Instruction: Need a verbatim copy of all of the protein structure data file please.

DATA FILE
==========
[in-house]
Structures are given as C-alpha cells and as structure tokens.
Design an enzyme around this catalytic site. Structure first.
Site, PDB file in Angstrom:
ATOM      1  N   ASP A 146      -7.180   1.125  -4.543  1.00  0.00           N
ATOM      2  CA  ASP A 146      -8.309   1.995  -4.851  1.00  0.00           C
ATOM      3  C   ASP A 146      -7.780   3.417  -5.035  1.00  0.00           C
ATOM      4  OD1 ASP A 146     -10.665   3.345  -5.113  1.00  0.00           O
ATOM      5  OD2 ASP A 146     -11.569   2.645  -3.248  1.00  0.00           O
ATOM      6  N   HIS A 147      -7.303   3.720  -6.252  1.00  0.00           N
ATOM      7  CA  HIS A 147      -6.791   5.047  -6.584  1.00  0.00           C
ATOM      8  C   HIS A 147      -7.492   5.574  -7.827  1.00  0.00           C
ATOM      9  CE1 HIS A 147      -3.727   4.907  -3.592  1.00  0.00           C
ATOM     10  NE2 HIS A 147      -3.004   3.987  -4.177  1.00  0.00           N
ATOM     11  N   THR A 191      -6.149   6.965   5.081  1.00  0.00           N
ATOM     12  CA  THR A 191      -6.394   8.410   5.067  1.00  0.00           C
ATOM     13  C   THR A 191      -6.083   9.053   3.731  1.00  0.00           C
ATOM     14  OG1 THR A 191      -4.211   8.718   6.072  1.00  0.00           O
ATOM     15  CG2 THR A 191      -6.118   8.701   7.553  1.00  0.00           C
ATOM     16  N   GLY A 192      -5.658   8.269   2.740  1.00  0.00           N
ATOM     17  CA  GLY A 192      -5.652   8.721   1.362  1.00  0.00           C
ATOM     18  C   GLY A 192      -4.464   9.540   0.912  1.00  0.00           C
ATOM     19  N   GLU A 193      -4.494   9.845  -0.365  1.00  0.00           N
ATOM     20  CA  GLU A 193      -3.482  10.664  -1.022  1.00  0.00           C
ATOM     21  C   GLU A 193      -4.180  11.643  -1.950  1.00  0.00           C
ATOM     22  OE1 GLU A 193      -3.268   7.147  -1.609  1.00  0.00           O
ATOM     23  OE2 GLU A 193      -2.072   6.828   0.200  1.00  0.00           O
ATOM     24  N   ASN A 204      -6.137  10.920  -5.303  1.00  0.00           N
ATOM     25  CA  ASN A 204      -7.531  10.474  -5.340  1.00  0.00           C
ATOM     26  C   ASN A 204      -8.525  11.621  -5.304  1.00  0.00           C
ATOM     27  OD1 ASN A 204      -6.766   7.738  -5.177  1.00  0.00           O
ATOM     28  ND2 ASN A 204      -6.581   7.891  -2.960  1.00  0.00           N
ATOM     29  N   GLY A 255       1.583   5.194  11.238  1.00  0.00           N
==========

[in-house]
Structures are given as C-alpha cells and as structure tokens.
Design an enzyme around this catalytic site. Structure first.
Site, PDB file in Angstrom:
ATOM      1  N   ASP A 146      -7.180   1.125  -4.543  1.00  0.00           N
ATOM      2  CA  ASP A 146      -8.309   1.995  -4.851  1.00  0.00           C
ATOM      3  C   ASP A 146      -7.780   3.417  -5.035  1.00  0.00           C
ATOM      4  OD1 ASP A 146     -10.665   3.345  -5.113  1.00  0.00           O
ATOM      5  OD2 ASP A 146     -11.569   2.645  -3.248  1.00  0.00           O
ATOM      6  N   HIS A 147      -7.303   3.720  -6.252  1.00  0.00           N
ATOM      7  CA  HIS A 147      -6.791   5.047  -6.584  1.00  0.00           C
ATOM      8  C   HIS A 147      -7.492   5.574  -7.827  1.00  0.00           C
ATOM      9  CE1 HIS A 147      -3.727   4.907  -3.592  1.00  0.00           C
ATOM     10  NE2 HIS A 147      -3.004   3.987  -4.177  1.00  0.00           N
ATOM     11  N   THR A 191      -6.149   6.965   5.081  1.00  0.00           N
ATOM     12  CA  THR A 191      -6.394   8.410   5.067  1.00  0.00           C
ATOM     13  C   THR A 191      -6.083   9.053   3.731  1.00  0.00           C
ATOM     14  OG1 THR A 191      -4.211   8.718   6.072  1.00  0.00           O
ATOM     15  CG2 THR A 191      -6.118   8.701   7.553  1.00  0.00           C
ATOM     16  N   GLY A 192      -5.658   8.269   2.740  1.00  0.00           N
ATOM     17  CA  GLY A 192      -5.652   8.721   1.362  1.00  0.00           C
ATOM     18  C   GLY A 192      -4.464   9.540   0.912  1.00  0.00           C
ATOM     19  N   GLU A 193      -4.494   9.845  -0.365  1.00  0.00           N
ATOM     20  CA  GLU A 193      -3.482  10.664  -1.022  1.00  0.00           C
ATOM     21  C   GLU A 193      -4.180  11.643  -1.950  1.00  0.00           C
ATOM     22  OE1 GLU A 193      -3.268   7.147  -1.609  1.00  0.00           O
ATOM     23  OE2 GLU A 193      -2.072   6.828   0.200  1.00  0.00           O
ATOM     24  N   ASN A 204      -6.137  10.920  -5.303  1.00  0.00           N
ATOM     25  CA  ASN A 204      -7.531  10.474  -5.340  1.00  0.00           C
ATOM     26  C   ASN A 204      -8.525  11.621  -5.304  1.00  0.00           C
ATOM     27  OD1 ASN A 204      -6.766   7.738  -5.177  1.00  0.00           O
ATOM     28  ND2 ASN A 204      -6.581   7.891  -2.960  1.00  0.00           N
ATOM     29  N   GLY A 255       1.583   5.194  11.238  1.00  0.00           N